Friday, January 23, 2015

The Effects of Fast Start Reading

Timothy Rasinski developed a parental involvement fluency practice program called Fast Start reading. It is designed to be implemented with students just beginning to read- kindergarteners and first graders. He evaluated its use in The Effects of Fast Start Reading: A Fluency-Based Home Involvement Reading Program, on the Reading Achievement of Beginning Readers in Reading Psychology 26: 109-125 coauthored with Bruce Stevenson, and discussed its use in  Fast-Start: A Parental Involvement Reading Program for Primary Grade Students in a paper presented at the Annual Meeting of the College Reading Association in November of 1994. Books describing its use are available at Amazon here and here. A kindergarten teacher has "packets" of materials available for her students' families here.

This program involves providing a parent training session and then packets to send home for parents to read for each week. Daily reading is expected to take between 10 and 15 minutes, but many families use only 6. The program involves the following sequence of events:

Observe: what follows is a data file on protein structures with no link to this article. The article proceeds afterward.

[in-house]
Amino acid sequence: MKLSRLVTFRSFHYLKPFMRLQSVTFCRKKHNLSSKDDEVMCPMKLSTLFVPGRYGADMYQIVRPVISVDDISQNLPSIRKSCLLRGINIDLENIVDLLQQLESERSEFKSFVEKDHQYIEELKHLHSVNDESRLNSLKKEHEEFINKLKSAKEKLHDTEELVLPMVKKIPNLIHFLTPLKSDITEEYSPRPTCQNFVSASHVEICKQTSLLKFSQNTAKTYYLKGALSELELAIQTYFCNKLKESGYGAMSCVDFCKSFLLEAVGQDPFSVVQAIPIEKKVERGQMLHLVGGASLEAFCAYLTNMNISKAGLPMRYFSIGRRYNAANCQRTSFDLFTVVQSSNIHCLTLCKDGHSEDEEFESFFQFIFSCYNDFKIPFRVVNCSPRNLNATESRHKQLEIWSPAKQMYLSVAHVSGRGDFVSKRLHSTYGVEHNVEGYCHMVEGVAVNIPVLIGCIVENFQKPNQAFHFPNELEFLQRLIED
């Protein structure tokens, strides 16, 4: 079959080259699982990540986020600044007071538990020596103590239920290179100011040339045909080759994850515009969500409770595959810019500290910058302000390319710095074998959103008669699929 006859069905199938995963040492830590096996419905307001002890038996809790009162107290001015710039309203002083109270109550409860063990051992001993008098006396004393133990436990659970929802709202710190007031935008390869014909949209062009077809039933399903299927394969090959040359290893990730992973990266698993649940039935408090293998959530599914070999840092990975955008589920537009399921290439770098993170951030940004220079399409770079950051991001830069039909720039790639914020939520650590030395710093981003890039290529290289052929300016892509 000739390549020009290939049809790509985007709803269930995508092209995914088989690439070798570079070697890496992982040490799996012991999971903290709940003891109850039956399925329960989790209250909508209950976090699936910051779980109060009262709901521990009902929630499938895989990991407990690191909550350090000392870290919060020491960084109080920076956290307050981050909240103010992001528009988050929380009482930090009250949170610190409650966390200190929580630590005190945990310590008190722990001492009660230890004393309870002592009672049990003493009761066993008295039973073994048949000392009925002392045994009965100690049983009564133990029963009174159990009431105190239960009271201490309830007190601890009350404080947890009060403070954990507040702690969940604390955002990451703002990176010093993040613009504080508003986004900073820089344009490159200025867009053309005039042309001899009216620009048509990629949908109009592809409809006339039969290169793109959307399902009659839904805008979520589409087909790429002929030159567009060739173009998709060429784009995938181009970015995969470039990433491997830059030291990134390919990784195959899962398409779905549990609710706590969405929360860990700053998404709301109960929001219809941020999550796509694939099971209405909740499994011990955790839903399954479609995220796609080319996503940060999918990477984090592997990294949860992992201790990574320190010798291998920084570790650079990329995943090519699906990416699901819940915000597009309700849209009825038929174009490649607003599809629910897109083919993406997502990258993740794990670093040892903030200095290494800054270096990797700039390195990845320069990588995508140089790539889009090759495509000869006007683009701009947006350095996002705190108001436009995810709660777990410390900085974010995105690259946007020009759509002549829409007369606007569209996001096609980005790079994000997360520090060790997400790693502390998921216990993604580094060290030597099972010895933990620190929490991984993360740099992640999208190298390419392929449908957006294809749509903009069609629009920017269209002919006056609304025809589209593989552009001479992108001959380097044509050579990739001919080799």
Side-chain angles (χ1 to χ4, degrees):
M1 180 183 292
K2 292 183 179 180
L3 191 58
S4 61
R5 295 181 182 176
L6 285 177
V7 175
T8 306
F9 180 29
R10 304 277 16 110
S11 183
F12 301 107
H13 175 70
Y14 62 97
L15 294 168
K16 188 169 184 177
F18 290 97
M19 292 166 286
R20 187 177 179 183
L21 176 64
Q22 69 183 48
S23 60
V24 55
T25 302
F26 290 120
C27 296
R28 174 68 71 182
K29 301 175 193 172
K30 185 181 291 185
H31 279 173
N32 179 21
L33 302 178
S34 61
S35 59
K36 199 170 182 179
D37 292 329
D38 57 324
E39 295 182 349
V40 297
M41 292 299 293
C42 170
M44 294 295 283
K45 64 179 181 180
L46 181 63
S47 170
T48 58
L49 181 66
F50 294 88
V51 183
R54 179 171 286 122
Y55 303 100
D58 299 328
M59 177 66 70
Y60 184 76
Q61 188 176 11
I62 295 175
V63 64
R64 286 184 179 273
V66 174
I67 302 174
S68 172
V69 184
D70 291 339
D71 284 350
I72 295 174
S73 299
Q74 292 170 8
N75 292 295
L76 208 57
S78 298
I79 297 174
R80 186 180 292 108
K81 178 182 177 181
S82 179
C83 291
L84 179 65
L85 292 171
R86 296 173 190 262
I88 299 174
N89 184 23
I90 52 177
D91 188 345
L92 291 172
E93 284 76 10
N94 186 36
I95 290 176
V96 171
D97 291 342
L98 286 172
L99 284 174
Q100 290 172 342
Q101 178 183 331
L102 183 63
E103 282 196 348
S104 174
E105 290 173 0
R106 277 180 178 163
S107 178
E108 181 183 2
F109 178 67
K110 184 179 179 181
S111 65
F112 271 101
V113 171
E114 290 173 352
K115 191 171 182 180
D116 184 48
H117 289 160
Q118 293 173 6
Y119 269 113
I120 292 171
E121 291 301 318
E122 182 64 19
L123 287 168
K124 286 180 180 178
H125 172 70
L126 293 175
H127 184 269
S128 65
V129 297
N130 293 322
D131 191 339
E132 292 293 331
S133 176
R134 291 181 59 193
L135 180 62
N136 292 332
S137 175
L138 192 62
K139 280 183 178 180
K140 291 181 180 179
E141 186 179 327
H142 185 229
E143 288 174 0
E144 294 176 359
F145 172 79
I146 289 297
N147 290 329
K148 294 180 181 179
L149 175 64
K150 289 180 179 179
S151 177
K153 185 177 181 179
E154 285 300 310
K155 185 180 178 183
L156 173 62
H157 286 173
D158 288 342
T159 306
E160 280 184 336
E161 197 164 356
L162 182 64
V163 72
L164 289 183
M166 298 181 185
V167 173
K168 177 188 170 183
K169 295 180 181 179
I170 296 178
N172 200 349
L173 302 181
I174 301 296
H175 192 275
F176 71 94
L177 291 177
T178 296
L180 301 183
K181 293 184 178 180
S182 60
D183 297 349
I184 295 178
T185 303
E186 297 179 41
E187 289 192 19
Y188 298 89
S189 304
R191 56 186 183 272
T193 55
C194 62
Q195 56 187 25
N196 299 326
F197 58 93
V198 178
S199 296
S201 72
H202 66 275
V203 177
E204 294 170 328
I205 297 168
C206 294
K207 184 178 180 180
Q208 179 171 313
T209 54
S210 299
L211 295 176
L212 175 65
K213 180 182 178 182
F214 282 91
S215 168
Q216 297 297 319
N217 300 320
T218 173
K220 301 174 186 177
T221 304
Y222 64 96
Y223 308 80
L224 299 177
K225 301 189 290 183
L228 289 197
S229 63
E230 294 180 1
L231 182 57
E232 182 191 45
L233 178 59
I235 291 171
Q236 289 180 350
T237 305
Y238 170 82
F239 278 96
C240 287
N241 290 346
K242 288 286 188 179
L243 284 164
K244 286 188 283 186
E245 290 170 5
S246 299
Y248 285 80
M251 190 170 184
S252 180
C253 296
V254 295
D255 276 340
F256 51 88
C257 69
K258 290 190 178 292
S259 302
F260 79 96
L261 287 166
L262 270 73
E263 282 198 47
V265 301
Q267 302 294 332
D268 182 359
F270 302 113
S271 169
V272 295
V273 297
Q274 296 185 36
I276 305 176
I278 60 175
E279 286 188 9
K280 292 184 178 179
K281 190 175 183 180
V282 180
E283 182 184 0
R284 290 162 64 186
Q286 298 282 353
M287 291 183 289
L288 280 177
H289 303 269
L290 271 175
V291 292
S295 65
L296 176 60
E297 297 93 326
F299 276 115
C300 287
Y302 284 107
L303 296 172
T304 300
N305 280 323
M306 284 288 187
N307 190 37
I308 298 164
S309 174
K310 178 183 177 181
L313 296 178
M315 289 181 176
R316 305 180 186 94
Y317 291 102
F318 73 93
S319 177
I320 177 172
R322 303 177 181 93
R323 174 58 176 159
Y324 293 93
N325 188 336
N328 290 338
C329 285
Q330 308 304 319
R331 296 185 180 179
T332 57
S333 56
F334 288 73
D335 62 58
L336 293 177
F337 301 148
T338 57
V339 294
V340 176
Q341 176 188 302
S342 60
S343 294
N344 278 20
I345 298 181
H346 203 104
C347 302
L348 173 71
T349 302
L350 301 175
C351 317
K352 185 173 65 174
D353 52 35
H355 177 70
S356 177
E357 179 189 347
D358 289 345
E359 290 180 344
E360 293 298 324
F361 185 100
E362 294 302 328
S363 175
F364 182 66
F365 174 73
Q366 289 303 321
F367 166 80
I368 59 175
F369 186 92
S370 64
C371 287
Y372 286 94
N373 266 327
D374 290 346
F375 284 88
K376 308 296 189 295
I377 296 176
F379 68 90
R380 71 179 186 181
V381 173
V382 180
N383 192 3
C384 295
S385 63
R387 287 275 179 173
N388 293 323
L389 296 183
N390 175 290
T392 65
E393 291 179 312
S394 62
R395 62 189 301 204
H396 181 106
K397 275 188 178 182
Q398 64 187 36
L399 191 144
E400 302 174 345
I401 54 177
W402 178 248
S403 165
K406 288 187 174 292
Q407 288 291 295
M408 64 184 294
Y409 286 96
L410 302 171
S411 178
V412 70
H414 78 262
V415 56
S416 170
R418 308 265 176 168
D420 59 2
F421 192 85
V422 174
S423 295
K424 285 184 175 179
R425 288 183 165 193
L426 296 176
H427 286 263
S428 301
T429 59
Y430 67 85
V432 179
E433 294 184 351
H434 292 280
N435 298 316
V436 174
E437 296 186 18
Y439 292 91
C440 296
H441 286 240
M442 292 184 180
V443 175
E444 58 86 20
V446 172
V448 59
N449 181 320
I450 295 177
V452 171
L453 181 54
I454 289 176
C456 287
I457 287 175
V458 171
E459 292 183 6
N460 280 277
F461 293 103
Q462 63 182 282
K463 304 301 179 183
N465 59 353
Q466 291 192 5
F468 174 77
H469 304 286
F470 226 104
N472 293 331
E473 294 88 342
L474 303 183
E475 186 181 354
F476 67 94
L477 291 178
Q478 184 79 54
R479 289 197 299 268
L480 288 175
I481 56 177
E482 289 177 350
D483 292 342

1. parent and child sit together with the parent drawing attention to the text
  2. parent repeatedly reads the text to the child. They discuss the text.
  3. parent and child simultaneously repeatedly read the text together
  4. child reads the text alone
  5. word study activities
The texts selected by the teacher are generally poetry and suggested activities are included in the weekly packet. This could be word games or word puzzles.

The program demonstrated significant improvement in beginning readers who functioned at the low end of performance at the start of the program. Although more proficient readers made gains, they were comparable to those of the control group. Fast Start does offer an inexpensive method for improving fluency, word identification and comprehension with beginning readers. While it is not necessary for all students to have this level of structure, for students who are performing in the lower half of the group, it does provide an intervention that is both inexpensive, both in time and resources, and positively engages parents.

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